PARIS - The eurozone is now in its longest ever recession - a stubborn slump that has surpassed even the calamity that hit the region in the financial crisis of 2008-09. The European Union statistics office said yesterday that nine of the 17 EU countries that use the euro are in recession, with France a notable addition to the list. Overall, the eurozone's economy contracted for the sixth straight quarter, shrinking by 0.2 percent in the January-March period from the previous three months.
BUSINESS
May 11, 2013 | By Martin Crutsinger, Associated Press
WASHINGTON - The Federal Reserve has broadened its oversight beyond banks and now monitors a wide range of financial institutions that could hasten another financial crisis, Chairman Ben Bernanke said Friday. Bernanke said the Fed was still monitoring banks and other important financial institutions. But it has widened its scope to include other participants that could either trigger a crisis or make the system more vulnerable. Chief among them is the so-called shadow banking system, which includes loans that are turned into securities and sold to investors.
NEWS
April 24, 2013 | BY REGINA MEDINA, Daily News Staff Writer medinar@phillynews.com, 215-854-5985
This story has been updated. IN THE LATE 1990s, the kids at Henry C. Lea Elementary School at 47th and Locust streets lacked a library. A few years later, the University of Pennsylvania built them one. The university, which had a relationship with Lea dating to 1960, secured donors to fund construction of a space and procure books, computers and audiovisual equipment for the K-to-8 school. The Lea affiliation is one of seven that Penn has with disustrict schools, including its best-known partnership with the Penn Alexander School on Spruce Street near 42nd.
BUSINESS
March 18, 2013 | By Jeff Gelles, Inquirer Columnist
What was the biggest shortcoming of 2010's massive Dodd-Frank financial reform - a flaw that still threatens the U.S. economy and all who rely on it? One answer pops up with remarkable consistency from across the political spectrum: the belief that the law didn't actually solve the problem that some financial institutions are so large that they're "too big to fail. " Tea party favorites such as Sen. Rand Paul (R., Ky.) have warned against it, as have conservative pundits such as George Will and Peggy Noonan - making unusual common cause with liberals like former Labor Secretary Robert Reich, Columbia University economist Joseph Stiglitz, and former Sen. Ted Kaufman (D., Del.)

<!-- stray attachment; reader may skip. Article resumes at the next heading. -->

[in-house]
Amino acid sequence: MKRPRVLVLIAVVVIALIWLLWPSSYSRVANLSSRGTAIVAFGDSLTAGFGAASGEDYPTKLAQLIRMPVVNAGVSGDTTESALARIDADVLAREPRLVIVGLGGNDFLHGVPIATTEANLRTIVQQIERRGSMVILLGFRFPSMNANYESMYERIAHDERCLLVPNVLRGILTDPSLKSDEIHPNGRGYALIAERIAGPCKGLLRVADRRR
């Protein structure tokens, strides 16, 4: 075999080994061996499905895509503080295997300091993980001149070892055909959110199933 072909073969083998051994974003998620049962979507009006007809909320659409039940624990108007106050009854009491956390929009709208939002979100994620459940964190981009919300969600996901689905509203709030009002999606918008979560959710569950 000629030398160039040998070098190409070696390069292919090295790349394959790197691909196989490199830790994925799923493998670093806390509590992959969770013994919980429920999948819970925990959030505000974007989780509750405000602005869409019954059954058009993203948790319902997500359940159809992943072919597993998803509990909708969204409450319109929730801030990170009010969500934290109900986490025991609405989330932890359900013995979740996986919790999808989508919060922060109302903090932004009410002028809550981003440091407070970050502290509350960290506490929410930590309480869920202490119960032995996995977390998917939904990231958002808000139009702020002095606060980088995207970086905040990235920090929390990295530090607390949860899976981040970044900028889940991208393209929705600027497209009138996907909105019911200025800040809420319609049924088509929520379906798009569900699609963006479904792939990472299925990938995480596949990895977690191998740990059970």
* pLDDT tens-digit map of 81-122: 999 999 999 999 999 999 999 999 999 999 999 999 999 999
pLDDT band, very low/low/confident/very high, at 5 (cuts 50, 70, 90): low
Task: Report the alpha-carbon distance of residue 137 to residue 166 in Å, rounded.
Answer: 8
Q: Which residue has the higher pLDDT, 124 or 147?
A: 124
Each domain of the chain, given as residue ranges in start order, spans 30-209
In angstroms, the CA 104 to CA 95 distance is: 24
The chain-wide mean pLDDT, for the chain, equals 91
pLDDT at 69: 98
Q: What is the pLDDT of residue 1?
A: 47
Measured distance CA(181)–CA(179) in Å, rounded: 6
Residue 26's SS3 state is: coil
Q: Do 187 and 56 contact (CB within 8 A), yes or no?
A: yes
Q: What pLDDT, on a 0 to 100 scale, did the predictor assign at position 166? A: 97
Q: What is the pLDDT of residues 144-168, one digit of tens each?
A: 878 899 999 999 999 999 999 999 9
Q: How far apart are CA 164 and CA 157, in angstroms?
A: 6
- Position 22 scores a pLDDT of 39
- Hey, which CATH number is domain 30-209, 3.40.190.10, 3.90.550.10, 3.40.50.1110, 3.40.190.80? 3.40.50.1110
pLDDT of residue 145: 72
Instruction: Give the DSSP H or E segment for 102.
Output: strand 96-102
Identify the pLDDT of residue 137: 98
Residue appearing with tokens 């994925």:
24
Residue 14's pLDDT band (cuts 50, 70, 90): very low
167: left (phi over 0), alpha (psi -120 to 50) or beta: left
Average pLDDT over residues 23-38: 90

NEWS
March 15, 2013 | By Jim Kenney
Any number of us may disagree with new schools Superintendent William R. Hite Jr.'s closure of 23 schools, as well as his proposals to cut programs, increase class sizes, and reduce teachers' salaries. But none of us should question his sincerity in pushing the envelope to generate new ideas and debate how best to solve the Philadelphia School District's financial crisis - without harming the quality of our children's education. We all recognize that the district is at a critical financial crossroads, confronting a projected five-year deficit estimated at $1 billion.
BUSINESS
March 7, 2013 | By Mike Armstrong, Inquirer Columnist
Wow, the Dow Jones industrial average blew past its previous high, set on Oct. 9, 2007, on Tuesday, closing up 125.95 points at 14,253.77. What's next? Who knows? I say, "Get on with your lives, citizens. " The media (of which I am a card-carrying member) get hung up on round numbers, milestones, and anniversaries. But in the grand scheme of our tight-money times, the Dow's surpassing a previous high is quite meaningless. After all, median household income remains below where it was during the recession.